For centuries before the creation of the great city museums and art galleries – the Louvre Museum Paris 1793, National Gallery London 1831, Prado Madrid 1819, people of all classes, from richest to poorest, were daily exposed to some of the most beautiful art in the world.
No entrance fees were required: no queues: no catalogues: no concern about the meaning of the work or feelings of intellectual inadequacy: from the 13th century the first and, possibly the only paintings seen by vast swathes of the populations of Europe were in the form of stained glass windows in their neighbourhood church or cathedral. Scholars may know the names of their creators but they are usually referred to by their subject or their shape: The Good Samaritan window at Chartres, or the great Rose window of Notre Dame;
In more recent times, greater importance has been attached to the name of the artist: the William Morris churches of Cumbria. The Matisse windows in the Chapel at Venice; the Tiffany windows in the Brown Memorial Church on Park Avenue New York and, perhaps the most unexpected of all, the Chagall windows in All Souls Church Tudeley East Kent.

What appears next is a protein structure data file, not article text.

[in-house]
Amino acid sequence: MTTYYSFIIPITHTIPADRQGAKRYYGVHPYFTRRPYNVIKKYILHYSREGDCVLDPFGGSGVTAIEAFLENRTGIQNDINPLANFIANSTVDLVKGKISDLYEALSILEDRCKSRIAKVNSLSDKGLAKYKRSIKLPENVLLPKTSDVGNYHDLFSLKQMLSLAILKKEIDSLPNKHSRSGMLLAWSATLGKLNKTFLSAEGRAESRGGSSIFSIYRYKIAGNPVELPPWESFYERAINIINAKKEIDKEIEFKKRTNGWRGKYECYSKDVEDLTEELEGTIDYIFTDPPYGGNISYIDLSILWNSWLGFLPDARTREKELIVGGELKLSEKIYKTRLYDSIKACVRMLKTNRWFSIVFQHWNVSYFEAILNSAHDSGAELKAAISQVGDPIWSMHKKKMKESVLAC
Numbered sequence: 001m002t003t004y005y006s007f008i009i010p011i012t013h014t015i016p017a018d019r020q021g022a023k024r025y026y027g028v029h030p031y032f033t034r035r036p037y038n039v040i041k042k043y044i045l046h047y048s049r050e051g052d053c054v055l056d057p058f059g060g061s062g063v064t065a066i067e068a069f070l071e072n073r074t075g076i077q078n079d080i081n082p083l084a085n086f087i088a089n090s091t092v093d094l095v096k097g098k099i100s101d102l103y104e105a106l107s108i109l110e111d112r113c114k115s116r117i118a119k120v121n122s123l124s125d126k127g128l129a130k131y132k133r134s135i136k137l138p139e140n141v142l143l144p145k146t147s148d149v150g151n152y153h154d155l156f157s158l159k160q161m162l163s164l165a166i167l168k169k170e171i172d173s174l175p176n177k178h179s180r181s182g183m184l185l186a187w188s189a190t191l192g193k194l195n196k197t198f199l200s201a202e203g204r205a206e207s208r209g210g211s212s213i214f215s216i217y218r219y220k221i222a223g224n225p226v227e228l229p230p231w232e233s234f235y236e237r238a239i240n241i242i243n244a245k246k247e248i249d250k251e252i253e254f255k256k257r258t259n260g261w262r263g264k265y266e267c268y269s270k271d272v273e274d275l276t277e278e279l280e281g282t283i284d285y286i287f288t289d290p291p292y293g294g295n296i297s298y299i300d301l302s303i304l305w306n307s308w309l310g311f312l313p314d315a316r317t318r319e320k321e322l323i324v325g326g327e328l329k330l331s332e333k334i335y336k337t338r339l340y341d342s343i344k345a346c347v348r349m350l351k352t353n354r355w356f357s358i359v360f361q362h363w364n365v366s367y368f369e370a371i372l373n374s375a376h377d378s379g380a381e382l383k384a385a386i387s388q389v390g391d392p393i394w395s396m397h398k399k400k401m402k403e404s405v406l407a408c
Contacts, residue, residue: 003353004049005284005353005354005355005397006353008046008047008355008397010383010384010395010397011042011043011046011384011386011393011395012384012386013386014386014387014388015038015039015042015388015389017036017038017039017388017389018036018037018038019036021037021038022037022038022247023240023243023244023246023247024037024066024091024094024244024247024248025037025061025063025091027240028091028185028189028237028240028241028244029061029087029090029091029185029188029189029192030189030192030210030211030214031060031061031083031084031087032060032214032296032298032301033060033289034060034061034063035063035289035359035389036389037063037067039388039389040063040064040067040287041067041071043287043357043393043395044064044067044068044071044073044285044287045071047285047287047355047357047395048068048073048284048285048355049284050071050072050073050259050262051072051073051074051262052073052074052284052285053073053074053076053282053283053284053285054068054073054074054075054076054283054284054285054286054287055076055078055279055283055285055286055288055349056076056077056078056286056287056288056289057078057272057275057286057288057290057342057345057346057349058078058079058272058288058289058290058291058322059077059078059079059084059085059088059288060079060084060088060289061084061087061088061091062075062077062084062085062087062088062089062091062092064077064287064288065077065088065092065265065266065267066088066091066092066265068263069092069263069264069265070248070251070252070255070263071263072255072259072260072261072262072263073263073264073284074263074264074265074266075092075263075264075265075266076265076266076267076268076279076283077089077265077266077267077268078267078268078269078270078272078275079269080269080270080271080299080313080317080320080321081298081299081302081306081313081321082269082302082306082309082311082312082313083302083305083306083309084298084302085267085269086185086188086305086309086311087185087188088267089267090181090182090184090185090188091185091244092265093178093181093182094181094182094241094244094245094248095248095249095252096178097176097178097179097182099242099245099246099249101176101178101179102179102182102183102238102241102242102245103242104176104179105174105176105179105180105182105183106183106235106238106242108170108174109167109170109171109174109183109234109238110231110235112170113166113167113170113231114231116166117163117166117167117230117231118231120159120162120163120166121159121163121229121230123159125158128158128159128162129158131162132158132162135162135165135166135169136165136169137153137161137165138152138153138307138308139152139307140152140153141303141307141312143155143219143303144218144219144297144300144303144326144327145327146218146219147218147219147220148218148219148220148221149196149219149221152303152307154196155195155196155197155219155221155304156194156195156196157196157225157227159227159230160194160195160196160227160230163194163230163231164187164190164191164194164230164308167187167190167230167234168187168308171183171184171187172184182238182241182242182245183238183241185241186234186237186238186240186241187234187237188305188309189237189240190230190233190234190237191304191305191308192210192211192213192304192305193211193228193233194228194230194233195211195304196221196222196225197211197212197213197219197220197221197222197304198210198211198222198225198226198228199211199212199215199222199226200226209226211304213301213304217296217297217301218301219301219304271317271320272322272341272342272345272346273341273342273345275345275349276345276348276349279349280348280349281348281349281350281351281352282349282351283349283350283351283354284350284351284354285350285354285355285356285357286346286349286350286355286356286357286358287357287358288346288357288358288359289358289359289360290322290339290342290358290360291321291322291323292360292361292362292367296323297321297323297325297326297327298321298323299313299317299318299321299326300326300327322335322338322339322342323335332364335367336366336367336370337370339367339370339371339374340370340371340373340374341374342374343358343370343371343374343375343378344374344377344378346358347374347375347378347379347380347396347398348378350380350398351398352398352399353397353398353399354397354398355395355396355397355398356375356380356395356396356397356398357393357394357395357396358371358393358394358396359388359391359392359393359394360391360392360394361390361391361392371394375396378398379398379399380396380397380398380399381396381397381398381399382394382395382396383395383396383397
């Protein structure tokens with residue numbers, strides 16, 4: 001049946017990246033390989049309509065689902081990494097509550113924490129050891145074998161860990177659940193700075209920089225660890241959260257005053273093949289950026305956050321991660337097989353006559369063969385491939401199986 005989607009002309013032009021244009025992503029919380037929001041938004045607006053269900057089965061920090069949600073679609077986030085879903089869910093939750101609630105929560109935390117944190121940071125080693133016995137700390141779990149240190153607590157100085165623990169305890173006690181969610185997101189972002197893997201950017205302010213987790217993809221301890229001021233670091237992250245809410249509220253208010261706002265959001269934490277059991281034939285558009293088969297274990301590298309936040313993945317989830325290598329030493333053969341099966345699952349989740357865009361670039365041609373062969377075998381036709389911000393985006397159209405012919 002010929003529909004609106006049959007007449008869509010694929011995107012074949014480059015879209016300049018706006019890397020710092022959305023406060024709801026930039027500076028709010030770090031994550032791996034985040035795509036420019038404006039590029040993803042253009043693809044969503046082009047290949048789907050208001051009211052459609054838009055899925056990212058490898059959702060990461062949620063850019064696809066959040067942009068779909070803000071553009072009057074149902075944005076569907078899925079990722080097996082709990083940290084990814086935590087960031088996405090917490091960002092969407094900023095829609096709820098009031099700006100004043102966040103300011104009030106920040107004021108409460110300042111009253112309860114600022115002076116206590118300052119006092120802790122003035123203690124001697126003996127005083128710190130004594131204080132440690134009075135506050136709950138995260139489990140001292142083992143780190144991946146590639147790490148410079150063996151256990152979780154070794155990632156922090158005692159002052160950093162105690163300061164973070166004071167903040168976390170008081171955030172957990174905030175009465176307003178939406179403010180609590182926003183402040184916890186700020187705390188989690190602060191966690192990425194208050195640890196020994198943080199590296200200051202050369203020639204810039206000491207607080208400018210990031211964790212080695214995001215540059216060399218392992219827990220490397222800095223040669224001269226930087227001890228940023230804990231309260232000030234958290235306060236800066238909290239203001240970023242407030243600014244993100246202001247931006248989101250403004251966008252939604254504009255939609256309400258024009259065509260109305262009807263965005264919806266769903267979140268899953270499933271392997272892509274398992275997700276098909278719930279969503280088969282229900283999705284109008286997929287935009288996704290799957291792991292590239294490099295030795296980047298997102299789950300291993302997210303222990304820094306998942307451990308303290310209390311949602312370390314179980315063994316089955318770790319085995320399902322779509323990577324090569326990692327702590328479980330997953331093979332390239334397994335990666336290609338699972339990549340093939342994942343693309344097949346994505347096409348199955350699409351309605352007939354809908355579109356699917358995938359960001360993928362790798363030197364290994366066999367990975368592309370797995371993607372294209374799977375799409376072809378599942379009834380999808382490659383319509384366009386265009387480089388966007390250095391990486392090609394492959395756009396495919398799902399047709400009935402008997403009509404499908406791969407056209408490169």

Marc Chagall an east European Jew whose paintings often reflect the mystical folklore of the `Shtetl, was approached by Sir Henry D’Avigdor Goldsmid, a descendant of Elim Henry d’Avigdor, to design a window in the village to commemorate his daughter Sarah Venetia, who had died, in a boating accident, aged 21.
Apparently Sarah Venetia has seen the designs for the Hadassah Memorial Hospital, based on Moses’ blessings on the 12 tribes and Jacob’s blessings on his 12 sons, at an exhibition in Paris.
Chagall took the commission and offered to design the remaining 11 windows. There is a Chagall window in Chichester Cathedral and many more in cathedrals across Europe but, although he often painted pictures of synagogues, apart from the synagogue in the Hadassah Memorial Hospital in Jerusalem, we can find no incidence of his having been commissioned by other Jewish communities across the globe to adorn their places of worship.
Chagall is buried in a small cemetery in St Paul de Vence, France, it was a non-religious ceremony with a lone person saying Kaddish.
Our thanks to Lynn Saunders for the use of his photos.